BrowserLab, Adobe®’s newest innovation, is as the old saying goes, “the best thing since sliced bread.” With each year the headaches surrounding uniformity pertaining to web design has grown immensely. Anyone who has ever designed a web site knows the difficulties, and frustrations, of attempting to design a site that does not appear drastically changed when viewed on a variety of browsers.
There is nothing more exasperating than to create a web design on a PC, using Internet Explorer as your main web browser…only to view (what you thought were) your perfectly designed pages on Firefox, and find everything out of kilter. To complicate matters even more, things often look different on a Mac than they do on a PC. Of course, a quick solution to the IE verses Firefox dilemma, is to install and run both IE and Firefox web browsers on your PC. Although designers, who make their living creating websites, can afford to buy an additional computer (a Mac if you own a PC, or a PC if you own a Mac)…that option is not practical for the majority of part-time web designers.
Once again, Adobe® has come to the rescue, saving their loyal followers both money and headaches with their newest technological advancement—BrowserLab. Although still in its Beta infancy, this little application is fast becoming a huge, cannot-live-without, solution to an exasperating problem.
So, what exactly is Adobe® BrowserLab? For a limited time, BrowserLab is a “free” online hosted service. BrowserLab allows the user to test pages of a web site in a total of three browsers, and on both a Mac and PC: Firefox 2.0 & 3.0 (for both Windows XP and Macintosh OS-X), Internet Explorer 6.0 & 7.0 (for Windows XP), and Safari 3.0 (for Macintosh OS-X).
As BrowserLab grows in popularity, the chances of Adobe® charging for its service is inevitable. However, it is also foreseeable that the variety of “testing” web browsers will also increase. To check which browsers are currently available for Adobe® BrowserLab, merely click “help/about” within the BrowserLab site.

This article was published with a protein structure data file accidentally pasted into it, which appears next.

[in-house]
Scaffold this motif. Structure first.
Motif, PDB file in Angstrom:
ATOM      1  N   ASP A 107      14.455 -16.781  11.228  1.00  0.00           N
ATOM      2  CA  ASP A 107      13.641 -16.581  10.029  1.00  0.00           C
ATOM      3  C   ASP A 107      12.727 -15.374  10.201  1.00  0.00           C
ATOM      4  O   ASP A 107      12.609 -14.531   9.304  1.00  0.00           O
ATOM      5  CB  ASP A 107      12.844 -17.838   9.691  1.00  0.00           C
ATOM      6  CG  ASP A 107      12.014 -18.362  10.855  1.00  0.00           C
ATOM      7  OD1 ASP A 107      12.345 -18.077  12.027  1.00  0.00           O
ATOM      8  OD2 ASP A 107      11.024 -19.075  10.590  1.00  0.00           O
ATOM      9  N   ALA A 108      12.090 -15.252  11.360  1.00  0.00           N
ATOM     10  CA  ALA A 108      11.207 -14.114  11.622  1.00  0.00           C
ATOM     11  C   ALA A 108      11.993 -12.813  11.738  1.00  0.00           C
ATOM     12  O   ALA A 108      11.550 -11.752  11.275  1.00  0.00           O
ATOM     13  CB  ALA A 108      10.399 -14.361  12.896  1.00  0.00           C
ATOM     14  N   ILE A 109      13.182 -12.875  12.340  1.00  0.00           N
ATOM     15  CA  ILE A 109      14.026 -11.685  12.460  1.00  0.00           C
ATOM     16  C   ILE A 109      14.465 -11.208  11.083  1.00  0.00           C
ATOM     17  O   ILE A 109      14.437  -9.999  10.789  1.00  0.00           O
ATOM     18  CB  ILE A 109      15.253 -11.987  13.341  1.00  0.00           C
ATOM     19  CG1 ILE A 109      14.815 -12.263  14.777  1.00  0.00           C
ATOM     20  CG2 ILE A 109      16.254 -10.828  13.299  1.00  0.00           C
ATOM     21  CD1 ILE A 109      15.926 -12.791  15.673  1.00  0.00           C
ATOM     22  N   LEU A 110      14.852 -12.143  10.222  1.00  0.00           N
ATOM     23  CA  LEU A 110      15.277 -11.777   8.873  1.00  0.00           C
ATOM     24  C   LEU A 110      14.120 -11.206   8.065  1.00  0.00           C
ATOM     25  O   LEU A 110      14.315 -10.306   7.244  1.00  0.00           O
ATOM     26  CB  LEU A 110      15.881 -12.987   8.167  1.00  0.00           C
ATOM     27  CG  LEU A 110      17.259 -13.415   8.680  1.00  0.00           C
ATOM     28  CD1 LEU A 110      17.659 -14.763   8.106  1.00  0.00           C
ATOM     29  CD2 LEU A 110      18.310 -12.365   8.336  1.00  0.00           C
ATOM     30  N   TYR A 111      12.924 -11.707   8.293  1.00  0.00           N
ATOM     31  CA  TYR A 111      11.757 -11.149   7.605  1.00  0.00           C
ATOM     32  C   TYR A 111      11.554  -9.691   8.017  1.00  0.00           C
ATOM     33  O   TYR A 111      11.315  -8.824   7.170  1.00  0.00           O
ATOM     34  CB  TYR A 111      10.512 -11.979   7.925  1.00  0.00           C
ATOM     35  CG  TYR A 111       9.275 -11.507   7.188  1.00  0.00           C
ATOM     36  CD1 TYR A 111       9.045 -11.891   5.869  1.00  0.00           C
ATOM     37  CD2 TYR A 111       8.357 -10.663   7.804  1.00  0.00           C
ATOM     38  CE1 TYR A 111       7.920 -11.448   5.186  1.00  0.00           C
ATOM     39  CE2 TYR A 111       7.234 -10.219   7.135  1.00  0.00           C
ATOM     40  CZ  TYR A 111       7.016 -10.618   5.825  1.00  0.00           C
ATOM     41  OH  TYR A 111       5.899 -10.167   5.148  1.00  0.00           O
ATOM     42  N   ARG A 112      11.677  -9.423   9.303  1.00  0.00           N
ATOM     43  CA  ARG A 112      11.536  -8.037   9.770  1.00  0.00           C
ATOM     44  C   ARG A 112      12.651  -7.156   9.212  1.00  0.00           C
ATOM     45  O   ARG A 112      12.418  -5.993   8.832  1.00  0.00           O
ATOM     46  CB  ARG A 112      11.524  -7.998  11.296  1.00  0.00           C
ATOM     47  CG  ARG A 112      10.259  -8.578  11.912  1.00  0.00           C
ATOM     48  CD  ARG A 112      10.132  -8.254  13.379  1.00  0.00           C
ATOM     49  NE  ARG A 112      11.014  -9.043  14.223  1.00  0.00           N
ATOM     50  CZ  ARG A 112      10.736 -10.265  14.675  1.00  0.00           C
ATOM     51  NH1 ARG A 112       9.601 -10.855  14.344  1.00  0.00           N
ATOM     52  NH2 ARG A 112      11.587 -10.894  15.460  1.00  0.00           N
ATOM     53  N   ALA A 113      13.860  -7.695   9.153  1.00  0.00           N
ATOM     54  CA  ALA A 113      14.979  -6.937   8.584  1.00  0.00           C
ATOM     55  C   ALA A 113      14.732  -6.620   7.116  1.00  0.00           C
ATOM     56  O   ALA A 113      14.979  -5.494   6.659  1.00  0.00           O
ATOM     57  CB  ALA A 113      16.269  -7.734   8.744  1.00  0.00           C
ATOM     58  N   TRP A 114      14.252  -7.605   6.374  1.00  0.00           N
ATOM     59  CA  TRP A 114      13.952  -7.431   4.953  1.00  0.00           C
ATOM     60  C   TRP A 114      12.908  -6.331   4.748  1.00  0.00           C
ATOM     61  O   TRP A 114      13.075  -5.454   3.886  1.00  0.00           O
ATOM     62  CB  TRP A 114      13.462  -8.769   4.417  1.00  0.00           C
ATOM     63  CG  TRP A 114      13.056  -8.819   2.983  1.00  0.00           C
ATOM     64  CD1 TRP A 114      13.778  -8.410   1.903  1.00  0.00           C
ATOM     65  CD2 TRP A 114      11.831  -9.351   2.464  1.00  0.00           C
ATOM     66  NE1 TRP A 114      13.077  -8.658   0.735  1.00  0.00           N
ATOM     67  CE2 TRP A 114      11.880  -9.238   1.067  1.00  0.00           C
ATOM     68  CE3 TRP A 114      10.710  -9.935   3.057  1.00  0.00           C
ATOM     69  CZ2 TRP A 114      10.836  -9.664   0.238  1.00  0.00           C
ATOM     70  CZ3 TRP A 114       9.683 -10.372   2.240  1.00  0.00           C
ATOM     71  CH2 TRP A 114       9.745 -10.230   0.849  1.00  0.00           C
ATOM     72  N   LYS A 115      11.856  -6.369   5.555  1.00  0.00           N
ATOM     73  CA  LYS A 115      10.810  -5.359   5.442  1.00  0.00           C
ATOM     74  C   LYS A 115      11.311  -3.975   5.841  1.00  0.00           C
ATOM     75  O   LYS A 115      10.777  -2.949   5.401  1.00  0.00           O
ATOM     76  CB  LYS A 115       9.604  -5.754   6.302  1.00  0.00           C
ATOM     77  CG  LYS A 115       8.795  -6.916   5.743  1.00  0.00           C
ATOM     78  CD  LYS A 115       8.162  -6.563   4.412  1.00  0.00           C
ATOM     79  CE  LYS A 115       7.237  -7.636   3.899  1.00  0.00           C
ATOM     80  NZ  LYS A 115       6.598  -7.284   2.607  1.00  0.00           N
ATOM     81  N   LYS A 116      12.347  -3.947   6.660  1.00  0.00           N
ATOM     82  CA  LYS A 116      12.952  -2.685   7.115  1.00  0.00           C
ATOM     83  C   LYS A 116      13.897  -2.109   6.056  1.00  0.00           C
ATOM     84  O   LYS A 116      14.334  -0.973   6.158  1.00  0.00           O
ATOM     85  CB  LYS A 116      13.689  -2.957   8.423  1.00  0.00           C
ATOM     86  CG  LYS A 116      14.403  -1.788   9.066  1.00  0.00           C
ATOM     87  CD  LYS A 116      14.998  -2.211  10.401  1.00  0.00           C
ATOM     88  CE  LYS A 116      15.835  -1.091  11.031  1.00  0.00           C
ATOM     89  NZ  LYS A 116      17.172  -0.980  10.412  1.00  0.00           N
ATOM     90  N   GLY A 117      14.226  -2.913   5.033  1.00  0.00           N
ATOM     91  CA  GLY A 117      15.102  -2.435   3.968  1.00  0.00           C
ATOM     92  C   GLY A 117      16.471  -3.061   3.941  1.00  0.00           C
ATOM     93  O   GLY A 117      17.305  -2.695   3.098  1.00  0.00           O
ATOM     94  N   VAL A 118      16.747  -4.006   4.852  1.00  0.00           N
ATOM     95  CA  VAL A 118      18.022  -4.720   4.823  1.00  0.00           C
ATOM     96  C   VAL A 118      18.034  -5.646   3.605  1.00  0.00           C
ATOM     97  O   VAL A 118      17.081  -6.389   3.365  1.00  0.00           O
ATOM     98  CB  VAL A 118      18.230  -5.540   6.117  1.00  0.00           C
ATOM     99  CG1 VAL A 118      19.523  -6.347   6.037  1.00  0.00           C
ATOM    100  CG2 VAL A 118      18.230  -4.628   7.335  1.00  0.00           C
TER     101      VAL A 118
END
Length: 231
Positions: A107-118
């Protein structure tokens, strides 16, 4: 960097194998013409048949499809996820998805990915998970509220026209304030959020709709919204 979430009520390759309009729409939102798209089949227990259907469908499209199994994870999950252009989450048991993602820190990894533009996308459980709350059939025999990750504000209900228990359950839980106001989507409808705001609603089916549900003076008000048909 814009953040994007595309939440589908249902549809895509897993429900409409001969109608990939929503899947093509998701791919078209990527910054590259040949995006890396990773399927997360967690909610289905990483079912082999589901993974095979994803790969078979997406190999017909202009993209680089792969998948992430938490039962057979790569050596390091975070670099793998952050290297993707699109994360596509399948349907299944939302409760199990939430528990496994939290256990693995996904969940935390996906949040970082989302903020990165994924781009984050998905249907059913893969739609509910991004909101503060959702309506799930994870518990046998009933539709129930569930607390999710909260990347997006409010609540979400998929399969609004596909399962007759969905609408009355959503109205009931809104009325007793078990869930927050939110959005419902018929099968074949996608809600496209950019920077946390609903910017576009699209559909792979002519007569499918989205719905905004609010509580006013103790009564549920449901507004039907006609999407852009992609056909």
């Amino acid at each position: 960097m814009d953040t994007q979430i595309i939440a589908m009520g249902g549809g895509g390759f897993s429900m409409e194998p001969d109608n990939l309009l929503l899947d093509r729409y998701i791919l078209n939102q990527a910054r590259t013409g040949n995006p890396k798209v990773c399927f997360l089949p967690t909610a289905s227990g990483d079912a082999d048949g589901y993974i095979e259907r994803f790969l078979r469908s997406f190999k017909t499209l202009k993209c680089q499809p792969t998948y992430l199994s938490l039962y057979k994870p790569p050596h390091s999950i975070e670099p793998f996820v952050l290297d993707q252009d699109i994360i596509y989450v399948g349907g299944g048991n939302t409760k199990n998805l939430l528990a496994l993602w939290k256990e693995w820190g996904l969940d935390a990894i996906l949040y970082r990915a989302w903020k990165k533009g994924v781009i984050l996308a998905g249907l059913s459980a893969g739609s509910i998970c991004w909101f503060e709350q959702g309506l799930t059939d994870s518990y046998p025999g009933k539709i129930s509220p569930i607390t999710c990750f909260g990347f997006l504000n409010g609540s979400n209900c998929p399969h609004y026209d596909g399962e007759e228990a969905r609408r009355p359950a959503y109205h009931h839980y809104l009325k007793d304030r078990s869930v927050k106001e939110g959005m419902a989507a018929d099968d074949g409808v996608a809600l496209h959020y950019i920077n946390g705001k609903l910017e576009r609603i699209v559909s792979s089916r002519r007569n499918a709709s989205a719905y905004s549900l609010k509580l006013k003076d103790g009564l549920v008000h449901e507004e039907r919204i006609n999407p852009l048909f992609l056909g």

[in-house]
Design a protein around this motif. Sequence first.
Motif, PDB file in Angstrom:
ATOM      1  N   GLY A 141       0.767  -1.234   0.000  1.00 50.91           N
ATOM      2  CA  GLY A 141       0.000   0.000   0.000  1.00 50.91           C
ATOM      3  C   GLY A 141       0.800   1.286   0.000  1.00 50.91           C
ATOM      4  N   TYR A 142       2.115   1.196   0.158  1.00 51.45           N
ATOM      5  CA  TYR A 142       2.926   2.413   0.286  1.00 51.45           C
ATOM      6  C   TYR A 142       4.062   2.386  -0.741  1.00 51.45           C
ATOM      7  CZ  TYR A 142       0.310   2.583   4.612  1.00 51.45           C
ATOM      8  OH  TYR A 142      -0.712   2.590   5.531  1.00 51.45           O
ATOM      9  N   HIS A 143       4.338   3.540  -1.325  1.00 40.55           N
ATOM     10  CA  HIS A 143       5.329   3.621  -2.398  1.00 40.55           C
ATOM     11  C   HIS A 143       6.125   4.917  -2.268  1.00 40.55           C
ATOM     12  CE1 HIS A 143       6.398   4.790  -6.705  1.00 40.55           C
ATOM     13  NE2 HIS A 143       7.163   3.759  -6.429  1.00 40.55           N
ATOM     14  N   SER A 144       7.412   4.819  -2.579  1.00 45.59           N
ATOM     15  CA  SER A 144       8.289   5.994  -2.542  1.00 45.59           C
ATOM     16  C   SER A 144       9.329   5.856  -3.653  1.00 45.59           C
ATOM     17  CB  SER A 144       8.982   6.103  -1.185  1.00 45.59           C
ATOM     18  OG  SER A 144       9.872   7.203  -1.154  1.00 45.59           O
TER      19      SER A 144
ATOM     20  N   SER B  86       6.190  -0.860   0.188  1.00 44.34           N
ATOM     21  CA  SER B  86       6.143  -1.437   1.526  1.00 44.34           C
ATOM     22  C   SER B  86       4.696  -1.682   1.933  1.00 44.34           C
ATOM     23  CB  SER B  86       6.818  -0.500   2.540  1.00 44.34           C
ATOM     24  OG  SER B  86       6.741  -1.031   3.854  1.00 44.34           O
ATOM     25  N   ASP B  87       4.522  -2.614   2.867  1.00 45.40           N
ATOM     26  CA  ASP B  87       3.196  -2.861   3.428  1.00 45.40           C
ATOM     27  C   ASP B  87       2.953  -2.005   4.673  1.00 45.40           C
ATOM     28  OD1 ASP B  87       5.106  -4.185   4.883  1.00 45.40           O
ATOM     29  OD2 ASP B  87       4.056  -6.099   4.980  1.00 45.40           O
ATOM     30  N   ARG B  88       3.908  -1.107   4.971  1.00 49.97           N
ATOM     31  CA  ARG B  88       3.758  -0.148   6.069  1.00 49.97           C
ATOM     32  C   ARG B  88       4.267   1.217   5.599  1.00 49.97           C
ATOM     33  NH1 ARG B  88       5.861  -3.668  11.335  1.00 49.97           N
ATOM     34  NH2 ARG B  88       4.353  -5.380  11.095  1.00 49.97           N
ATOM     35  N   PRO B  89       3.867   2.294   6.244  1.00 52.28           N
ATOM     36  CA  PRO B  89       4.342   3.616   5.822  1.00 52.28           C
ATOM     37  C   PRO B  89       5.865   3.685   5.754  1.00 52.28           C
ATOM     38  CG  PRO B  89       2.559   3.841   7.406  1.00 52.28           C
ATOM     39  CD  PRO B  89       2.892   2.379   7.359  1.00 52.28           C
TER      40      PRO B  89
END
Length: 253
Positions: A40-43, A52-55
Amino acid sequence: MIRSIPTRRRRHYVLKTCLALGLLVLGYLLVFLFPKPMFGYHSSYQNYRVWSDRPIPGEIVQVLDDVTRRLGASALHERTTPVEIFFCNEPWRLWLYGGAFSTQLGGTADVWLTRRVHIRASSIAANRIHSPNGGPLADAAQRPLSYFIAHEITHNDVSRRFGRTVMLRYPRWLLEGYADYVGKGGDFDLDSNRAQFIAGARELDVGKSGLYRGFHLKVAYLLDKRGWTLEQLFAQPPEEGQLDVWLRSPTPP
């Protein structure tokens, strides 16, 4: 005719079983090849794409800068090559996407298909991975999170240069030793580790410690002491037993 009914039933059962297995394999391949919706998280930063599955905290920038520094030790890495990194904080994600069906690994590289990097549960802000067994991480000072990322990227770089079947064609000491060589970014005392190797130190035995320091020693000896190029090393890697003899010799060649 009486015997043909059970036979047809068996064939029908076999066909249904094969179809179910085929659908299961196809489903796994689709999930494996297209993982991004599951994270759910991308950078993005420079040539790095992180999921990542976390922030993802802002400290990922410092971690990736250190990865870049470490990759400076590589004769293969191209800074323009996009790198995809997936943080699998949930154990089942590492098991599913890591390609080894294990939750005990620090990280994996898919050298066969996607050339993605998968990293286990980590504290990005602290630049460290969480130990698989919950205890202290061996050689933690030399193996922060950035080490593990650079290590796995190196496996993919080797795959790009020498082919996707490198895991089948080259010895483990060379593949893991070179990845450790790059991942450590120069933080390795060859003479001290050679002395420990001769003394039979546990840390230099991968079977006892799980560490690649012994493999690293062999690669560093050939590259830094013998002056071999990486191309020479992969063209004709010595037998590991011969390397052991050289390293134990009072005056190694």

How does it work? Adobe states in its June, 2009 BrowserLab press release: This capability is enabled by virtualization technology, hosted through a cloud-based application, which eliminates the need to have browsers installed on a system before testing a site. Adobe BrowserLab lets designers compare and contrast browsers via an interface that works on any Adobe Flash Player 10® enabled operating system, making it compatible with Mac and Windows.
Basically, the service takes screen shots of your web pages in different browsers, and then displays them in the BrowserLab application’s optional viewing windows. Although BrowserLab is fully functional as a standalone service, it is an Adobe® application, and is designed to be integrated with Adobe® Dreamweaver CS4.
Using BrowserLab within Dreamweaver CS4, allows the user to test web pages without publishing them to a server. Which offers great peace of mind for designers, as they can make sure everything is working as designed in a variety of browsers and operating systems, before publishing pages for the world to view.
In regards to the interaction of BrowserLab within Dreamweaver CS4, the June press release also stated: While Adobe BrowserLab can be used by any Web designer it provides Adobe® Dreamweaver® CS4 users extended capabilities to also test Flash technology-based and interactive site elements, including dynamic widgets, rollover effects and AJAX driven content. The direct integration with Dreamweaver CS4 streamlines workflows and allows designers to preview both local and remote Web content without the worry of firewalls or publicly posting confidential client projects.